OVERALL VERDICT: LET’S SEE MORE!
Quite honestly, I’d repurchase most of my RPG/miniatures manuals if they were re-released in this format. I think the search, glossary, and notes functions alone would make them far more useful at the table than a printed copy of the book, and being able to yoink graphics from rulebooks for my own personal use fills me with joy. Further, I’d much rather carry one iPad to my local gaming store or to my friend’s house than a whole stack of hardbacks, especially if I’ve also got to carry a box filled with minis. Let’s face it; I’m probably going to take the iPad anyway, so why not cut back on other stuff I have to carry?

I will give all of the one-star reviewers the fact that there’s some sticker shock; it made my heart skip a beat to push the PURCHASE button on my iPad, since I’ve never bought any single item that expensive before. Yet I think we have to move beyond automatically valuing paper copies over digital copies. When I pay for a digital copy, I consider the unlimited downloads and the green factor, both of which are worth money to me; YMMV. In fact, if GW included video and sound not included in the paper copy, I’d highly support its costing the same as the paper book. At the moment, though, the former isn’t where we are in our cultural assessment of the value of etexts, and the latter isn’t where GW is in its iBooks production values, so they should probably offer a modest discount over the hardcover copy until digital copies become more commonplace.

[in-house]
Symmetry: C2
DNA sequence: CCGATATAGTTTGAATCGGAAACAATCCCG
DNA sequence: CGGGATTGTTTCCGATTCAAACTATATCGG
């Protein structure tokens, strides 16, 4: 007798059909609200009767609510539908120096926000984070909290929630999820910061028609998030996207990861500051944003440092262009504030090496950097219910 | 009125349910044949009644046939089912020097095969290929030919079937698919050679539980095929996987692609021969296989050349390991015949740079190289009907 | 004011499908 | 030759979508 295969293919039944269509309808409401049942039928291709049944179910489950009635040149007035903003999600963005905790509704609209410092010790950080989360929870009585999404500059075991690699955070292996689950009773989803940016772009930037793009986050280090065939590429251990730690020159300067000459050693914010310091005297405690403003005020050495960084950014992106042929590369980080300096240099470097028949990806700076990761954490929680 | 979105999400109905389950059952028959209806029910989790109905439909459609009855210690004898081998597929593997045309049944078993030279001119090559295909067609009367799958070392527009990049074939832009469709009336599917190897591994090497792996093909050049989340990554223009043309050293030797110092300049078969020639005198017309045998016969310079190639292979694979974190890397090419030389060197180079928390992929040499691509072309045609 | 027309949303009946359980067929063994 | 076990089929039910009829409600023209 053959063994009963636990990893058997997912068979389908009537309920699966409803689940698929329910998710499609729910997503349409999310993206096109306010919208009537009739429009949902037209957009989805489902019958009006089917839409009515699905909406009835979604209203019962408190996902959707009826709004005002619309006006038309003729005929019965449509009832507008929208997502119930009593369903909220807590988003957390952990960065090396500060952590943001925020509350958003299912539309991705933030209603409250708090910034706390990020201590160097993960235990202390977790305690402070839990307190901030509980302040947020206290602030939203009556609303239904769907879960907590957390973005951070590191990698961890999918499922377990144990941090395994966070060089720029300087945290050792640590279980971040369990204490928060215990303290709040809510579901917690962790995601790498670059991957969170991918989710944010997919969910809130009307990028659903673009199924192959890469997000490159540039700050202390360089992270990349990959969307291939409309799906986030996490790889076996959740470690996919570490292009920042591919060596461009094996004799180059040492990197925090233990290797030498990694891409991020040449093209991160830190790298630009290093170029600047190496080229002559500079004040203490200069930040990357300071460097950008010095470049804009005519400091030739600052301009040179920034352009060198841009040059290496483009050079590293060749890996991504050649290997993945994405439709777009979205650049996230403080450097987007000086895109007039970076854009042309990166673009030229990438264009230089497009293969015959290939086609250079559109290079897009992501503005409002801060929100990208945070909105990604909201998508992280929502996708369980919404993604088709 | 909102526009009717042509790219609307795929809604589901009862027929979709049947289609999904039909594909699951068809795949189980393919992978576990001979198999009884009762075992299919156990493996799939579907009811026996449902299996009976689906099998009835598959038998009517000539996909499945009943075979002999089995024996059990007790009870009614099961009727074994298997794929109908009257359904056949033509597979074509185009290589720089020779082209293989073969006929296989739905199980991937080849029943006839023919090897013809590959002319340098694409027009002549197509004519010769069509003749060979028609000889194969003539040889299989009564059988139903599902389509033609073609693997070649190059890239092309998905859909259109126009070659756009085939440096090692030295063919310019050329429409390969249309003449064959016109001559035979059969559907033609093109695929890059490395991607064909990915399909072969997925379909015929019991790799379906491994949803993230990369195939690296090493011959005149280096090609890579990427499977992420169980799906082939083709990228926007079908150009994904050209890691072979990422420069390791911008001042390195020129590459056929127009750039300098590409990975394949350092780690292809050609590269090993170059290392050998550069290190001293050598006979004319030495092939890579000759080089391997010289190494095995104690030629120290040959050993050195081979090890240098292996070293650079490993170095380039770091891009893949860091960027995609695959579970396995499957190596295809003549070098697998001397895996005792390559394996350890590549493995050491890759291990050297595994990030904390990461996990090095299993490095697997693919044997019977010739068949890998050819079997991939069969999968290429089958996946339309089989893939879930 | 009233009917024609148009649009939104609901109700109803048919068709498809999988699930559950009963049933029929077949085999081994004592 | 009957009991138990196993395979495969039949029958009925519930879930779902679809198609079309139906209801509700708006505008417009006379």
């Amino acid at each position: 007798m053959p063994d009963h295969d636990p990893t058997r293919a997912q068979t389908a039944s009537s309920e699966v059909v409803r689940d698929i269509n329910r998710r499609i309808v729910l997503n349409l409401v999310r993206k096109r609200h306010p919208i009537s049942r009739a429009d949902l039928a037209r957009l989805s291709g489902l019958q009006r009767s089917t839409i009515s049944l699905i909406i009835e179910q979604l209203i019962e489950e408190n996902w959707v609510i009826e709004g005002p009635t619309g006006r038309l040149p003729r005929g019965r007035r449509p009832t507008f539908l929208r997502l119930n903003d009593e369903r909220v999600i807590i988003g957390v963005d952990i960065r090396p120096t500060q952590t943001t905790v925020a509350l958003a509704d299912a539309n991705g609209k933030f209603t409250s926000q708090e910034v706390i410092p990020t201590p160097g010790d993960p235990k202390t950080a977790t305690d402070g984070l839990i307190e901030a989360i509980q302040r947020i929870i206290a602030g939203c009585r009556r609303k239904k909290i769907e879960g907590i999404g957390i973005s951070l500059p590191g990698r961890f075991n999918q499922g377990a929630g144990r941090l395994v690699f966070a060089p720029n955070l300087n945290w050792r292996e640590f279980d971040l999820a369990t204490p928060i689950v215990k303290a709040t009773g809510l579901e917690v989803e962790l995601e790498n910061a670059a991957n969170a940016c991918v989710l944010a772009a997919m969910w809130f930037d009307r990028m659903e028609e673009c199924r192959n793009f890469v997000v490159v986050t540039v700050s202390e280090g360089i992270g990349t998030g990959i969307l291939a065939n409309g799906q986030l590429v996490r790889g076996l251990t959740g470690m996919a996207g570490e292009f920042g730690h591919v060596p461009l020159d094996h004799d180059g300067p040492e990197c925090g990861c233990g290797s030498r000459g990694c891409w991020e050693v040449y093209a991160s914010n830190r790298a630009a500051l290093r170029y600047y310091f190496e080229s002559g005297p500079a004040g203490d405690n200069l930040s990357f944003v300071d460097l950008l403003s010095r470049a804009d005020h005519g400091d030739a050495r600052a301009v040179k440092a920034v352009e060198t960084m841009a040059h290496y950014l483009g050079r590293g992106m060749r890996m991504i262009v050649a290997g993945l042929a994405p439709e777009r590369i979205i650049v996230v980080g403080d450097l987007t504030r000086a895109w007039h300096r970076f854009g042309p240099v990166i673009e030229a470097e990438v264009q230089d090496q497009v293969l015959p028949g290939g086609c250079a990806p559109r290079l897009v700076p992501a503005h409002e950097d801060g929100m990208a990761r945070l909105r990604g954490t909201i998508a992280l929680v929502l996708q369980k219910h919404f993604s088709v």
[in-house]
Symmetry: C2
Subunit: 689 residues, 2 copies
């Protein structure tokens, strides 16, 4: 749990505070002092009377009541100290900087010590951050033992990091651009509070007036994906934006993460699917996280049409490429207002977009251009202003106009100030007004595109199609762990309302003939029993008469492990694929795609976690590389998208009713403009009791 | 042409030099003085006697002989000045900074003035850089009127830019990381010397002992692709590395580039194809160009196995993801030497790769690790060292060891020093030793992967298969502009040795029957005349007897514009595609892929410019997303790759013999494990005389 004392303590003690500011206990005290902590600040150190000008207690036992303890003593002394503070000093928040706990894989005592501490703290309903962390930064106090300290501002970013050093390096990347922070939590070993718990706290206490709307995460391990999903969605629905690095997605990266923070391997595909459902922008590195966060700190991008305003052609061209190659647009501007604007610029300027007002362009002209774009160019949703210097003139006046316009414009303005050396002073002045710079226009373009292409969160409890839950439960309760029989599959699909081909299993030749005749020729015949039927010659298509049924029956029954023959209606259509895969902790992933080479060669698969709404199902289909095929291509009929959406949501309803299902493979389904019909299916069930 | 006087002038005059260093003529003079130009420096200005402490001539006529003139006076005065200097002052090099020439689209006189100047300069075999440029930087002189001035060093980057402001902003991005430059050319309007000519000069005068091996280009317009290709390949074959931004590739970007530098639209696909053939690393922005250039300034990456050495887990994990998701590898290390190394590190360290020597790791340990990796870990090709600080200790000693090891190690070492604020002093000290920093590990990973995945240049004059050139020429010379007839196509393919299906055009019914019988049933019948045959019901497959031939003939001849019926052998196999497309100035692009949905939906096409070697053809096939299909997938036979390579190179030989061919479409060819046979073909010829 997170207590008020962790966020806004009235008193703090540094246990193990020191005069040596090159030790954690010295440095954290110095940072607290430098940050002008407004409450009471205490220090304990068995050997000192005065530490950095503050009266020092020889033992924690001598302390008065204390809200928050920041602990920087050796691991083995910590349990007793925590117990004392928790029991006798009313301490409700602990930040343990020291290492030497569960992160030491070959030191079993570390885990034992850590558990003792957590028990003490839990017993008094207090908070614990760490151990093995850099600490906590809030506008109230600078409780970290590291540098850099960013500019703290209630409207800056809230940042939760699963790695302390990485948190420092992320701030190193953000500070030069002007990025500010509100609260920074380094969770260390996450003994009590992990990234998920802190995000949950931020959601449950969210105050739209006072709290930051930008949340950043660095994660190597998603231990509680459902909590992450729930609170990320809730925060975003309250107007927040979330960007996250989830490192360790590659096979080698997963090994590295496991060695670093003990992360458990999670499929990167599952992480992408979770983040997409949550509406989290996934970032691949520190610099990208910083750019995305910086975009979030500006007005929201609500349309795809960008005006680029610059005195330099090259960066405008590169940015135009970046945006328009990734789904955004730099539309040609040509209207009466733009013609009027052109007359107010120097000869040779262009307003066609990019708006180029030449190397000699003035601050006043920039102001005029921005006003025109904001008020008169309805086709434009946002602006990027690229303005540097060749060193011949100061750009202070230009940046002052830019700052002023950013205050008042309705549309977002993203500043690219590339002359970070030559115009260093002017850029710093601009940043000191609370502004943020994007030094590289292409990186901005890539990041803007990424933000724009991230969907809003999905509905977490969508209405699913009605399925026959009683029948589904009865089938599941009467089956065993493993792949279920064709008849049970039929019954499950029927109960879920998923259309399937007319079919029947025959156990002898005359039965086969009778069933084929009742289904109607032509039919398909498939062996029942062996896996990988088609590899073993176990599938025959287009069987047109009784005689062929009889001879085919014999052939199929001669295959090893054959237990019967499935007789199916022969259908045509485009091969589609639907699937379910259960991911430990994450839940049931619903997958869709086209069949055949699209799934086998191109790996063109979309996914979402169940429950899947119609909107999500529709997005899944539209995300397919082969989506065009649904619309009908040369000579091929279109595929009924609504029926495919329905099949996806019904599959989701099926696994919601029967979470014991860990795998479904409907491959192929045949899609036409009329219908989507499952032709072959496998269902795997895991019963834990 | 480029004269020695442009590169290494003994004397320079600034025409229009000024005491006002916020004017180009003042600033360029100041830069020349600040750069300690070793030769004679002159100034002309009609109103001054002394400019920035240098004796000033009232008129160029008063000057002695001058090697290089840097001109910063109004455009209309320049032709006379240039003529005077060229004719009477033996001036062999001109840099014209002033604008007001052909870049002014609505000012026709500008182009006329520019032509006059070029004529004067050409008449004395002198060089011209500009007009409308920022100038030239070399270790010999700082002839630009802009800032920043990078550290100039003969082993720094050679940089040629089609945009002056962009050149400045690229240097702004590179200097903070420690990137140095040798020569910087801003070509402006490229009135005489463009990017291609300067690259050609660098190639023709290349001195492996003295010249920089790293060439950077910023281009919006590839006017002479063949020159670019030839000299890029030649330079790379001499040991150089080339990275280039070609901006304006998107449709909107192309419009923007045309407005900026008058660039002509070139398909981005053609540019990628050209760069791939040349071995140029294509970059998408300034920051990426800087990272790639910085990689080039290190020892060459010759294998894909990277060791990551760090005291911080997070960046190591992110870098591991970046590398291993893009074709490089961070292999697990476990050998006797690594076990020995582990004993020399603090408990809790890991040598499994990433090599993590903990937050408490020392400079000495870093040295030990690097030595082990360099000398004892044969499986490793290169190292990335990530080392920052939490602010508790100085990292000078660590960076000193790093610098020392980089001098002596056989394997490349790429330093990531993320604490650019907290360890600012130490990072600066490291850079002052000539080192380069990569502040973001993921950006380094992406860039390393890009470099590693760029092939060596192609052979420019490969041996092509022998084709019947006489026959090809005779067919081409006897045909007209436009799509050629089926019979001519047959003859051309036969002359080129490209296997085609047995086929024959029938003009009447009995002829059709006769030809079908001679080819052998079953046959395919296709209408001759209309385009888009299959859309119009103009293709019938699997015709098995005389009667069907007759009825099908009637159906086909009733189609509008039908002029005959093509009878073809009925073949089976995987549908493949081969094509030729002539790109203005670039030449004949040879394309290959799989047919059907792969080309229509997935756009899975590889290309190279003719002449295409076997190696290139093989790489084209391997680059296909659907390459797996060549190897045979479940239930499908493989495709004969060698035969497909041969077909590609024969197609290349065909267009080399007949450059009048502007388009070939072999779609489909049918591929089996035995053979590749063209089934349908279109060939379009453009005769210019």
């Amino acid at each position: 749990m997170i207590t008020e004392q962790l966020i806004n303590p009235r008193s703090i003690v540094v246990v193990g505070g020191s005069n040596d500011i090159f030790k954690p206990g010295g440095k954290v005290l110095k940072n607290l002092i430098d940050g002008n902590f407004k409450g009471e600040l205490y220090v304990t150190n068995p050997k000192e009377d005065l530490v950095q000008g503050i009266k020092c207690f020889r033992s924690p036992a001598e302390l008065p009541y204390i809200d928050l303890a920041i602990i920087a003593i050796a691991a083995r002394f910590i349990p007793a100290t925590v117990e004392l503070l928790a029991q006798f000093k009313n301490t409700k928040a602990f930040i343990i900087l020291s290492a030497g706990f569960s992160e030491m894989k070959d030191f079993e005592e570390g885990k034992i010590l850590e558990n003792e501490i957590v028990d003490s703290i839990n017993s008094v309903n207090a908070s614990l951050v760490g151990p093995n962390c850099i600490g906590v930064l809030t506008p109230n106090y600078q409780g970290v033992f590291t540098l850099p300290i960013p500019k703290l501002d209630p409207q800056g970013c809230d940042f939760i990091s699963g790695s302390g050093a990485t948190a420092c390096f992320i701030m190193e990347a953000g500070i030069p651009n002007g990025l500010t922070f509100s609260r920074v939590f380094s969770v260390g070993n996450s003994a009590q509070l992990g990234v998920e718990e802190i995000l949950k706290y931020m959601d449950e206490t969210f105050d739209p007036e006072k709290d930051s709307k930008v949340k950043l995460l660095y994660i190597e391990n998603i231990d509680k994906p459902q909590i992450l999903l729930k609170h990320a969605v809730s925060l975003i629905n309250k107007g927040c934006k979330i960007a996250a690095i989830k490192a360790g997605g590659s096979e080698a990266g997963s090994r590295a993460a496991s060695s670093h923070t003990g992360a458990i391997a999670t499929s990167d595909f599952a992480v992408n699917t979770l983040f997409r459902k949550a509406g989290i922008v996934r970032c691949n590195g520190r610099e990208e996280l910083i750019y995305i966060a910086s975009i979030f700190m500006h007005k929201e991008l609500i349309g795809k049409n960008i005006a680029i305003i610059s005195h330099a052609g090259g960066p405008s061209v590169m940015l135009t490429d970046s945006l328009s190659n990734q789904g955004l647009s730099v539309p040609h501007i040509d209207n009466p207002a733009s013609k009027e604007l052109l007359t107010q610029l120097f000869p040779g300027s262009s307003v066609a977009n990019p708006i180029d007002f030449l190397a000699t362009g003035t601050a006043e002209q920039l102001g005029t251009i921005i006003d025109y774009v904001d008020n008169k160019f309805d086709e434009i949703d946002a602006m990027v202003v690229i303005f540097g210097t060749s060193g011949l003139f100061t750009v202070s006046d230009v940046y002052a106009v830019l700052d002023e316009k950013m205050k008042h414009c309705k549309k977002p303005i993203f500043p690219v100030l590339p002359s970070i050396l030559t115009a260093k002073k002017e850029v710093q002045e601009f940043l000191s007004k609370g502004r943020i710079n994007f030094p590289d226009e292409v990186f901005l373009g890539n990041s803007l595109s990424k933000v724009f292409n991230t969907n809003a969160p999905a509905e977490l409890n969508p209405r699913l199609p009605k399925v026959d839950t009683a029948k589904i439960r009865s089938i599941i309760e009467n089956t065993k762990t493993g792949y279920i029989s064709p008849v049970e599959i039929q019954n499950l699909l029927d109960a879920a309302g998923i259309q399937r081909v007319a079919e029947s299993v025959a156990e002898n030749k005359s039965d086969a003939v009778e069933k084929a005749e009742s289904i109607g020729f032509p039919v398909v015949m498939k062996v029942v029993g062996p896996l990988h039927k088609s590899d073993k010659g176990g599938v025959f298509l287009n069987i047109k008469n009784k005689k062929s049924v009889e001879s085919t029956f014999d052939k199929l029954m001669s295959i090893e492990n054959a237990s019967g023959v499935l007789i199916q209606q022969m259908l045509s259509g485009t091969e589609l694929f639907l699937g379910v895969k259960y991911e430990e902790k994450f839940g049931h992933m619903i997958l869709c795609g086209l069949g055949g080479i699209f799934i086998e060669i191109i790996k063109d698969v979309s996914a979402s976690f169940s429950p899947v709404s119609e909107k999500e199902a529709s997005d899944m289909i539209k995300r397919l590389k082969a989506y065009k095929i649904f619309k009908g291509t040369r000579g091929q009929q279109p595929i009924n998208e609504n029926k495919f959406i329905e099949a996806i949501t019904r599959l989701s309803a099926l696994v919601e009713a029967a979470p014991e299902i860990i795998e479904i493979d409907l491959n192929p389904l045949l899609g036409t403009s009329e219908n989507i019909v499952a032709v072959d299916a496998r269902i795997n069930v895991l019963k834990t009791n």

I can’t tell you if you should purchase this item. If you’re a tech junkie who’s attached at the hip to your iPad like I am, then it’s a no-brainer. If you already own the paper copy of the Codex and happily lug it everywhere, then it might not make sense for you. I can say, though, that I hope other gaming companies leap on the bandwagon and use this technology, since I think it could really take gaming books to a whole new level of useful interactivity.